straight girls who identify as “rotten women” (腐女)

the meat of the story is a bit grim, but this fact^^^ isn’t: “”Irony is the glory of slaves” is the quotation Seth likes. See also Nüshu, the same story from a very different angle

via jamie kenny, yr go-to source for the chinese underbelly

kerze

Over at Popular, Tom’s reached 1997 and Elton and Lady Di — his essay is of course excellent, and so are many of the (currently) 120+responses, especially Phil Sandifer’s, which is all about Blake and a haunted political unconcious. I’ve been superbusy all week, so my (very late, very long) comment is way down the pack; so I’m reposting it here also. Continue reading

schoolroom vs hallway vs hallway

or, Maybe this is the best place for my mean little joke about why they called their fanzine “monitor” hoho

Little essay for FT on art, class and autodidacts: featuring Oasis, Joseph Beuys, Arthur Scargill and Richard Jobson, among others. Tom Ewing and Frank Kogan are already arrived in the comments on excellent form: my fantasy thread would eventually also include Mark E. Smith, Robin Carmody and Robert Christgau duking it out with Liam and Noel Gallagher and maybe even one of the Appleton sisters…

“shtick fur-balls revisited” (= proposed titles in my head so far)

virtual space issue zeroIt was called Virtual Space and there was just one issue, “issue zero: place-kicks”. We made less than 20 copies, mostly by hunting round town for a photocopier with an A2 bed. It was an experiment, a mockup for a magazine, and it had no date appearing anywhere on its pages. (But it was early 1989, I’d just quit NME and wasn’t on-staff yet at The Wire.) We were serious: we went looking for funding. The other of the two being designer Paul Elliman, who’d just left The Wire. (Note to self: I haven’t seen Paul in an age and must call him up.) Continue reading

ketchup 2013

Three things I wrote recently (a catalogue essay and two reviews). Silence is an Irish film, about sound and memory (and between the lines a reflection on the work of John Cage). Michael and Cornelius Cardew, father and son, were a potter and a composer respectively: this (PDF: scroll to p.5) was for the catalogue to the Crafts Council’s Sound Matters exhibition. And this is the teaser for the piece I wrote about post-war electronic music in Eastern Europe, though you’ll have to buy issue 86 of Eye magazine to read the whole thing. All three pieces somewhat hover round the tradition of the graphic score (pictured: Boguslaw Schaeffer’s PR I VIII), which has been all over the place recently: if I were a better journalist, I’d have got in early on this little flurry of trendiness, and then maybe some of the discussion would have been better also haha.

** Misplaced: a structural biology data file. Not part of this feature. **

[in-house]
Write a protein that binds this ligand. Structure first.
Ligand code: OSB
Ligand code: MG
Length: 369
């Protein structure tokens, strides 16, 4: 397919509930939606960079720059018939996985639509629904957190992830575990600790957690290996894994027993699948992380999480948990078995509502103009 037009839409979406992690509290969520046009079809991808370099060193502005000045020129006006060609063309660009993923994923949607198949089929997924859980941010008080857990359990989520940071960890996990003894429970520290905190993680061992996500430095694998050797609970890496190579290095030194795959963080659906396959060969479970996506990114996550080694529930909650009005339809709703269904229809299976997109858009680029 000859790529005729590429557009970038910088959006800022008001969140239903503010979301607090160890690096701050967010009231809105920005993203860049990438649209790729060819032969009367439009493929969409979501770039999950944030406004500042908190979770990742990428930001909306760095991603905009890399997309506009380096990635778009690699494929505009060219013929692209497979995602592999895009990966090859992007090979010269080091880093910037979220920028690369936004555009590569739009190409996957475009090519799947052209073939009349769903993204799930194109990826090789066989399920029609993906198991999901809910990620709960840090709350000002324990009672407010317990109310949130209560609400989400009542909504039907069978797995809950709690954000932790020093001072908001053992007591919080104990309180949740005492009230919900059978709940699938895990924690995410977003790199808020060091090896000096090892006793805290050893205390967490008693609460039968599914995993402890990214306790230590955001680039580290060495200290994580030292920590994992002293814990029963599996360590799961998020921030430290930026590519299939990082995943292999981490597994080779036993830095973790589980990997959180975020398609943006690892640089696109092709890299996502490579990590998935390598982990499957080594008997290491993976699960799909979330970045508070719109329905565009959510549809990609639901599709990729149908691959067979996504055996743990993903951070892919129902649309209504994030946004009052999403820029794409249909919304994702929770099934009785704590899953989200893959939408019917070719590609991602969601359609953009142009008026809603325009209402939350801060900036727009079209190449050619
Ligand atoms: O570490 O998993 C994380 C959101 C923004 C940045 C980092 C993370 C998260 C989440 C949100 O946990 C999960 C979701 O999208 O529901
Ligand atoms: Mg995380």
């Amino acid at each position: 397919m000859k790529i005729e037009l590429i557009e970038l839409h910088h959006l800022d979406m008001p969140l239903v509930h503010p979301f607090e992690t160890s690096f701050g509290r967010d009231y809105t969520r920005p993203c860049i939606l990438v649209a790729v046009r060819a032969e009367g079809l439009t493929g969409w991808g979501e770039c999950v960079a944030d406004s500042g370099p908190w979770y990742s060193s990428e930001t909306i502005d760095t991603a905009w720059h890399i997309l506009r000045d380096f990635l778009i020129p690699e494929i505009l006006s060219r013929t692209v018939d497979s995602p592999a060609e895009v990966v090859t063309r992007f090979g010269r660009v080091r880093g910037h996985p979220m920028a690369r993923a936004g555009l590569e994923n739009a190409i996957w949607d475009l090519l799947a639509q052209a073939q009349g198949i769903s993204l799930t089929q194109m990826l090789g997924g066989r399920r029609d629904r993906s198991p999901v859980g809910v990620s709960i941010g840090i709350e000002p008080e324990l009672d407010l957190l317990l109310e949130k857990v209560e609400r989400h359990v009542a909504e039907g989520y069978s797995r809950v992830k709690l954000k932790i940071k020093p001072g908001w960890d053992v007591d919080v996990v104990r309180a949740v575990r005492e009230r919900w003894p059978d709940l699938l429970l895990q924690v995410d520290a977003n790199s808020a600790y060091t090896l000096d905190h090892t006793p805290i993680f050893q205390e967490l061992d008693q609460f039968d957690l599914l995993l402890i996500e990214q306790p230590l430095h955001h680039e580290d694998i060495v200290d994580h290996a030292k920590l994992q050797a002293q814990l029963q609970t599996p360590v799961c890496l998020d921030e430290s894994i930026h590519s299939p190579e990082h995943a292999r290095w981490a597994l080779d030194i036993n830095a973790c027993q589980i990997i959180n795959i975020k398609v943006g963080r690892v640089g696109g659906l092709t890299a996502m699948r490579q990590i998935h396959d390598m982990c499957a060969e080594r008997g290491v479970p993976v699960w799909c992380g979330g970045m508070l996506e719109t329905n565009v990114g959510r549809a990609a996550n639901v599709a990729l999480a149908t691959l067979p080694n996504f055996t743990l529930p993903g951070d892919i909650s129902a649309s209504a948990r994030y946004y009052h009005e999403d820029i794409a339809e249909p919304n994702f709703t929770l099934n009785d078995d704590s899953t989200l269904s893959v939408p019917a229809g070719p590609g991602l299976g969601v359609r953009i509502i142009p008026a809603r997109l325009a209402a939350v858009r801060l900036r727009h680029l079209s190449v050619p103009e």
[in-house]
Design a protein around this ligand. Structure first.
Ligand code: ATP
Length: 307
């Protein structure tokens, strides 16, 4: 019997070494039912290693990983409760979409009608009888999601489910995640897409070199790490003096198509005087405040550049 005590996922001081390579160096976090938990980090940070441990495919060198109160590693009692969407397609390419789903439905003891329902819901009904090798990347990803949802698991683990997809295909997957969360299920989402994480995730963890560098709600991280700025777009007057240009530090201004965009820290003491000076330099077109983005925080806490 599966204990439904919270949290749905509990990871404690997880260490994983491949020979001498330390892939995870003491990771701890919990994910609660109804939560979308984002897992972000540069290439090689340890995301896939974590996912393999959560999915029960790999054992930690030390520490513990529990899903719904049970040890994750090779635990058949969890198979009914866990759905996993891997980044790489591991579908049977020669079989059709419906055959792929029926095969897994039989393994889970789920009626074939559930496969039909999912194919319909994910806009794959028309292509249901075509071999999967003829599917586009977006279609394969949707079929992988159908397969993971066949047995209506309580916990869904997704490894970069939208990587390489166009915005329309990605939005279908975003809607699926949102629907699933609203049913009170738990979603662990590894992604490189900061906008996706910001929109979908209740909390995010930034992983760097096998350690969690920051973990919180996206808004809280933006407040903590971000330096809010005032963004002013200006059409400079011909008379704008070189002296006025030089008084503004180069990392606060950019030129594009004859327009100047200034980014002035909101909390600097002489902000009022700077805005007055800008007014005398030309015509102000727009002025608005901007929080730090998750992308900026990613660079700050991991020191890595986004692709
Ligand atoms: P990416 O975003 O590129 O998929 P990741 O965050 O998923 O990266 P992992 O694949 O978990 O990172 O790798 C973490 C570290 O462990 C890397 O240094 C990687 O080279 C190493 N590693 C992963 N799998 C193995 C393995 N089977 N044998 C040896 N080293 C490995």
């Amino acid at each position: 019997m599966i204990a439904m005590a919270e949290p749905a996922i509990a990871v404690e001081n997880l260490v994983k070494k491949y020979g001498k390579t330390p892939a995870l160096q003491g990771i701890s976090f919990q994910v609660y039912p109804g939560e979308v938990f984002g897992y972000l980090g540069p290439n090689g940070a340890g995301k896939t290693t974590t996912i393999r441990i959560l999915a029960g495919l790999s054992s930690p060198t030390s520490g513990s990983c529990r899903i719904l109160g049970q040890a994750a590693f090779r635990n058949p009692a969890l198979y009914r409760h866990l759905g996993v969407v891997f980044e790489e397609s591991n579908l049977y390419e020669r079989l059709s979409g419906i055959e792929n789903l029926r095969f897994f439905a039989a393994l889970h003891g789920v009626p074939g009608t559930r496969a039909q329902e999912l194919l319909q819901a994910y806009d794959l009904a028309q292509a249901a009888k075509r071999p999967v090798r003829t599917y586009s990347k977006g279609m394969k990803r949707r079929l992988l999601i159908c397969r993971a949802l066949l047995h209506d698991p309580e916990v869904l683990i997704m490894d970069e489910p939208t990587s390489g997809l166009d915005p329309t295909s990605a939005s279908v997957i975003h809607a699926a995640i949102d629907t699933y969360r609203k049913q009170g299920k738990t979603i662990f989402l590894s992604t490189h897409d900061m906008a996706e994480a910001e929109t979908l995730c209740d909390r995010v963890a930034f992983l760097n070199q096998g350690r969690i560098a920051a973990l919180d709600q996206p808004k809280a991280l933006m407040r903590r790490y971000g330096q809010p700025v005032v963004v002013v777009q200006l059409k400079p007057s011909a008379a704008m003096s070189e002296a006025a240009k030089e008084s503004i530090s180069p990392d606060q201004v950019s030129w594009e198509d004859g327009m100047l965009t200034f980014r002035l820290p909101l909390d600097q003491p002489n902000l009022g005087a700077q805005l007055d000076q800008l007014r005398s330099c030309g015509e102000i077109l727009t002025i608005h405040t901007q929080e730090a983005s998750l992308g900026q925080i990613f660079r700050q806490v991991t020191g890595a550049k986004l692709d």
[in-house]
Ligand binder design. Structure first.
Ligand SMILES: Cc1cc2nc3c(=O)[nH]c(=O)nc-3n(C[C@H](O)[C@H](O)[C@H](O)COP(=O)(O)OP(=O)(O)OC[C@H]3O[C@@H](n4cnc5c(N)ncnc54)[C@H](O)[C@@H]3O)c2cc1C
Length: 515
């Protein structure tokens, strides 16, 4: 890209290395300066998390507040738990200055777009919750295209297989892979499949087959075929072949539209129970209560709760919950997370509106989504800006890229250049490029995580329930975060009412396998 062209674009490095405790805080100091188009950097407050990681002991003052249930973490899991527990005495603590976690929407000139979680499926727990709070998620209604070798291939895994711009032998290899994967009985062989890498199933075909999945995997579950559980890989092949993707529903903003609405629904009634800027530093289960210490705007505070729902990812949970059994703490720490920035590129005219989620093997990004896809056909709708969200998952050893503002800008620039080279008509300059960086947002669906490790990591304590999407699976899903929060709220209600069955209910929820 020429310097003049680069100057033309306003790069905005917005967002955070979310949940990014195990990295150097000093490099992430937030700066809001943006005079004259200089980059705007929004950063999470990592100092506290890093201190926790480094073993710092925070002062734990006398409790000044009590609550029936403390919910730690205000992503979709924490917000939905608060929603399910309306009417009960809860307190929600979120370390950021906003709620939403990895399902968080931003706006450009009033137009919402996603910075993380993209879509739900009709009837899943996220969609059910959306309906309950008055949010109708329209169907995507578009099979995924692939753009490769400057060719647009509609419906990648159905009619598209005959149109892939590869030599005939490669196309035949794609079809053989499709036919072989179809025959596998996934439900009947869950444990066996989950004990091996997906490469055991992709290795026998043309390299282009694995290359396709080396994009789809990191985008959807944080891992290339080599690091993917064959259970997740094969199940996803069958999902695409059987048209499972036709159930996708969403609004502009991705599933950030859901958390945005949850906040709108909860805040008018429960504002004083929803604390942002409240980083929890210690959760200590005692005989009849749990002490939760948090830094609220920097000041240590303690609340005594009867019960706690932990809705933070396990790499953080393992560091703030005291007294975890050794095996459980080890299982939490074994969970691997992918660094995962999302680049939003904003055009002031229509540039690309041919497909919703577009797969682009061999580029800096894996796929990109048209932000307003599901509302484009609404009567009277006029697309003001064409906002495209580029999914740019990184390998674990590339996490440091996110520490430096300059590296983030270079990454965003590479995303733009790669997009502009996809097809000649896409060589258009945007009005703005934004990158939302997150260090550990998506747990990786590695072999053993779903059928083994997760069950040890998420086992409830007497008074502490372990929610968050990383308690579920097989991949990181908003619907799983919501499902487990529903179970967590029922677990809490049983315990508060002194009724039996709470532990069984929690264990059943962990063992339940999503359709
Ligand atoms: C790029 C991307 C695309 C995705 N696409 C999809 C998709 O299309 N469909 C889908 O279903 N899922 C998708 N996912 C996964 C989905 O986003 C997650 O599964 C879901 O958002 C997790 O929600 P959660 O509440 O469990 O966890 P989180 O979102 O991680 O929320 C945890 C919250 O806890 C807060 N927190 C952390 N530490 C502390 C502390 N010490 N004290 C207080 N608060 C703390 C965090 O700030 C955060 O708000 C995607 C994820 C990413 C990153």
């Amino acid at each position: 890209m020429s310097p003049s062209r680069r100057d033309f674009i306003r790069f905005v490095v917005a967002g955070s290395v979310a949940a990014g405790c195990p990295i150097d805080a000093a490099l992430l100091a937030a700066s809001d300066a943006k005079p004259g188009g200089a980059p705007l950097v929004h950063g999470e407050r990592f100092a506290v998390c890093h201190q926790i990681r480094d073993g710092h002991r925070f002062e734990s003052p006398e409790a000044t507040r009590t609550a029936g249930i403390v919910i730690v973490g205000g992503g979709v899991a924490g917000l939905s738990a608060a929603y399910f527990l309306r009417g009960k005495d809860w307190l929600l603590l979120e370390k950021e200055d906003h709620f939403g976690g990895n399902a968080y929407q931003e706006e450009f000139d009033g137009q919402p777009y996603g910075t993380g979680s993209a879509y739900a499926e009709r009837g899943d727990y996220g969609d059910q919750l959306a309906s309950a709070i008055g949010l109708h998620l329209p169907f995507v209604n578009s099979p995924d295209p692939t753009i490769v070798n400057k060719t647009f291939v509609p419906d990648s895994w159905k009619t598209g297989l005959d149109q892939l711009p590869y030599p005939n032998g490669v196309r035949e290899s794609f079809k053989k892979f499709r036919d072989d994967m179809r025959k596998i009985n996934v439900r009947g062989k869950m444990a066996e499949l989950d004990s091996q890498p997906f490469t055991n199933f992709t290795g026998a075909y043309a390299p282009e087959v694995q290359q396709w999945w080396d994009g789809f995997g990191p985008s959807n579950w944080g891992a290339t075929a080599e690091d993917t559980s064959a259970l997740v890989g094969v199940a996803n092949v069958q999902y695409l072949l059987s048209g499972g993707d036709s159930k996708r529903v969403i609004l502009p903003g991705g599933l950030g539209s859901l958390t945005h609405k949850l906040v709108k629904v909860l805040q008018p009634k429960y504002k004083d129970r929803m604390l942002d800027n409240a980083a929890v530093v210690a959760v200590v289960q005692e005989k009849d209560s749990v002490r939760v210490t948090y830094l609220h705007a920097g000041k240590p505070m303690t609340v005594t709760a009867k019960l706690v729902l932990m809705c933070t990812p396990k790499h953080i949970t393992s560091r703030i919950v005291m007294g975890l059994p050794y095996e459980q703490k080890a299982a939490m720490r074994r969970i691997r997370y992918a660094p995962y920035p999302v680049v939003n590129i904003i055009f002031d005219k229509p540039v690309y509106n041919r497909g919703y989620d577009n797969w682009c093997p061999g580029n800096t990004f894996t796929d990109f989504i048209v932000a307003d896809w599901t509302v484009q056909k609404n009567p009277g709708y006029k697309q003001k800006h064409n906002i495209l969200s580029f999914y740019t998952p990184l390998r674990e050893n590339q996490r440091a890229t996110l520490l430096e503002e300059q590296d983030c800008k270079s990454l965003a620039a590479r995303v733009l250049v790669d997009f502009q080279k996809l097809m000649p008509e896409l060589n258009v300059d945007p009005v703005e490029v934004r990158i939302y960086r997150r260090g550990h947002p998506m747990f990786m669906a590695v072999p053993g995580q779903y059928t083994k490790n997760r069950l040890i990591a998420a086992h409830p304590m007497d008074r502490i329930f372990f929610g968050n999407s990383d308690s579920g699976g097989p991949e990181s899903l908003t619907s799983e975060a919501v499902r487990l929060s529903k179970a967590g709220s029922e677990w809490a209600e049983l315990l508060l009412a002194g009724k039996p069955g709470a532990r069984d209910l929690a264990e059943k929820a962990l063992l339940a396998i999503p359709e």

I was also Bob Stanley‘s editorial consultant for Yeah Yeah Yeah, which I loved working on and heartily recommend, even if I seem to have failed to convince him that Def Leppard are tremendous.

“He blows up an electronic brain”

The Godard Film Generator: electronic brain 1, jeanluc g 0.

(Via Geeta D on twitter, see you soon d00d)

ps apologies for non-presence here, i’ve been writing writing writing all summer: some blogging turned into an idea for a book, a chapter of which has escaped and all on its own turned back into a (book-length) blogpost… MORE SOON I THINK

everything is art while you’re talking about it

yayoi2My friend Tallita just started a blog with me, about art, basically: we go to shows and talk about them and I write up some of what we talked about. (We made the decision to do this at the Yayoi Kusuma show at Tate Modern last year, hence the picture.)

[Update: blog.com seems have been having server trouble the last few days — hence the images all appearing as broken-image symbols… ]

the sugar in the plum (plum plum)

RocketshipI have a short piece in this: about Boney M. I haven’t read any of the rest yet, there’s little essays on or interviews with people I like a lot — George Clinton, Delia Derbyshire, Bill Nelson, Martin Millar — and people I’m unpersuaded by but interested in — China Mieville, Janelle Monae, Mick Farren — as well as half a dozen short stories. It’s a nice, tidy, pocketable little production, the size of an old Puffin book — thanks to editor Jonathan Wright, for asking me to contribute, and for being a shrewd and rigorous editor.